Inbreeding may be the secret to the bedbug's success, U.S. researchers said on Tuesday.
After nearly disappearing in the United States, the bloodsucking pests have made a comeback in recent years, quickly infesting apartment buildings and stubbornly resisting common insecticides.
The city of New York alone spends as much as $40 million a year in bedbug control.
A study of bedbug genetics presented on Tuesday at the American Society of Tropical Medicine and Hygiene meeting in Philadelphia now suggests why.
A team of entomologists led by Coby Schal and Ed Vargo of North Carolina State University studied the genes of bedbugs infesting three multistory apartment buildings in North Carolina and New Jersey and found very low genetic diversity, meaning most of them were very close relatives.
They were so close in fact that the team suspects it may have taken just one or two founder insects to start an entire infestation.
"We find that bedbug infestations basically start from a very small number of individuals," Schal said in a telephone interview.
"A single mated female bedbug starts the infestation. She gives rise to offspring and those offspring mate with each other and with their mother," he said.
"This is different from many animals," he said, mostly because close inbreeding can result in genetic deformities, adding, "In humans, it is taboo."
But he said there are some animals that can withstand such close inbreeding without experiencing detrimental effects including cockroaches.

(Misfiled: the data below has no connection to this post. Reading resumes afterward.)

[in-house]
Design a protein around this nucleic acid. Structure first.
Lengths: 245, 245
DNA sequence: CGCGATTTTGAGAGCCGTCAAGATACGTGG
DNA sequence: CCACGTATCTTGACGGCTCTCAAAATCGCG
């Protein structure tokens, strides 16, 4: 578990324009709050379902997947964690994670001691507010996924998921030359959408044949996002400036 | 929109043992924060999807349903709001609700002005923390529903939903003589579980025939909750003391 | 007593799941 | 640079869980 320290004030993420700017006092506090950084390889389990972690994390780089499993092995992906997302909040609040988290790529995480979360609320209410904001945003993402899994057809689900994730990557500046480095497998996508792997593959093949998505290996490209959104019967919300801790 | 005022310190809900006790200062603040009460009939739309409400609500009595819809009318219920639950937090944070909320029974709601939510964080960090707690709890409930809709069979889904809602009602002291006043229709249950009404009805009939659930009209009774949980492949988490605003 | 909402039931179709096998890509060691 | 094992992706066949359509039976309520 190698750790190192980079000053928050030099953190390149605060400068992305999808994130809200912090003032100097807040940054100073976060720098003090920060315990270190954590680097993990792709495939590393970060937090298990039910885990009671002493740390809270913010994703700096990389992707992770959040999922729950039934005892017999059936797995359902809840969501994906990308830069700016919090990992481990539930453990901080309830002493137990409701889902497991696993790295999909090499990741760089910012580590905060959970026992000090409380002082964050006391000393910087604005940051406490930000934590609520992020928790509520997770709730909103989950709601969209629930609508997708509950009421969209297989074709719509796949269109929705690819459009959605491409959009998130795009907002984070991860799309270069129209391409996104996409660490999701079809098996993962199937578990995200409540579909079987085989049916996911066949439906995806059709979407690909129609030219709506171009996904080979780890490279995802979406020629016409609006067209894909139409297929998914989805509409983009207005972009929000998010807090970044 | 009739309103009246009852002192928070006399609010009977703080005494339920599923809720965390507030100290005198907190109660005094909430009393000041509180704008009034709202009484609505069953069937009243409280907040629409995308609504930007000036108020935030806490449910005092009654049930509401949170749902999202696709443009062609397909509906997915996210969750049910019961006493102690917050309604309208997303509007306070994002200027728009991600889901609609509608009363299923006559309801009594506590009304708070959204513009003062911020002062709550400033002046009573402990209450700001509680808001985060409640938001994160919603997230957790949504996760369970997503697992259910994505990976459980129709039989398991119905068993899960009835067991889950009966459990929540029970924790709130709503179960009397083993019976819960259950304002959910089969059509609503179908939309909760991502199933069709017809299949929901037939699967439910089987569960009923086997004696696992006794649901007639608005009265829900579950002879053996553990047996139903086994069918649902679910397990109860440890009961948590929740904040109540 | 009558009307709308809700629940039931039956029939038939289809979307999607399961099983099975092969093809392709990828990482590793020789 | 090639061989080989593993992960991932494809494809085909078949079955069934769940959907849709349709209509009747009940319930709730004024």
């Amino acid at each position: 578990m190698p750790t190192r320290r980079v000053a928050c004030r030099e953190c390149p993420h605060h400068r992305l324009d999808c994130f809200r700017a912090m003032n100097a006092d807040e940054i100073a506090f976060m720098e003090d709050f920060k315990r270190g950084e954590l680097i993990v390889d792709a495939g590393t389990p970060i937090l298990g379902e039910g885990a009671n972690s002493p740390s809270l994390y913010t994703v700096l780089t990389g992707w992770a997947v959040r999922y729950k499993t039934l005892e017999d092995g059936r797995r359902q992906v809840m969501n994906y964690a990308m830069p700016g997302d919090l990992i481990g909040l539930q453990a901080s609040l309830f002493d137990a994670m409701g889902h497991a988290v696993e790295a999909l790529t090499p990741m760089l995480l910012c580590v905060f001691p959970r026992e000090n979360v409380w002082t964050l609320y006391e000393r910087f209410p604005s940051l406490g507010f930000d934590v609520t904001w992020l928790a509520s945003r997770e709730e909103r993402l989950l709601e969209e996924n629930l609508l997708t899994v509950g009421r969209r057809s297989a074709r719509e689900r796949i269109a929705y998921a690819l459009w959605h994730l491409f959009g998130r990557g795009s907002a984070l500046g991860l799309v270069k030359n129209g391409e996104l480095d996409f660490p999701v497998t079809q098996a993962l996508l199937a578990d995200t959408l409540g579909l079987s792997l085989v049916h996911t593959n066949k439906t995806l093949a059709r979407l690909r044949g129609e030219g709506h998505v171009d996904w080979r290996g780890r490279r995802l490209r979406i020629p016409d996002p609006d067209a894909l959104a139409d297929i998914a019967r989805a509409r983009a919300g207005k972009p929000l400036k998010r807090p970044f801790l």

Schal said this may be a trait of insects that have evolved an association with humans and rely on them to get from place to place.
Typically this happens when humans bring infested furniture into their homes, and he warns people to inspect second-hand furniture carefully.
"There is a myth out there that bedbugs get transported on people," Schal said.
Unlike ticks, the wingless, reddish-brown insects stay attached to people for a blood meal for just 5 to 10 minutes, he said.
"The chances that a person is carrying bedbugs on them is quite low."
According to the U.S. Centers for Disease Control and Prevention, bedbugs do not carry disease, but their bites can cause severe itching and a whole lot of anxiety.
Schal said his findings are not likely to lead to new insecticides for bedbugs, but they do underscore the need to move fast once bedbugs are detected.
"If you don't deal with them early they can spread thorough a building very quickly," he said.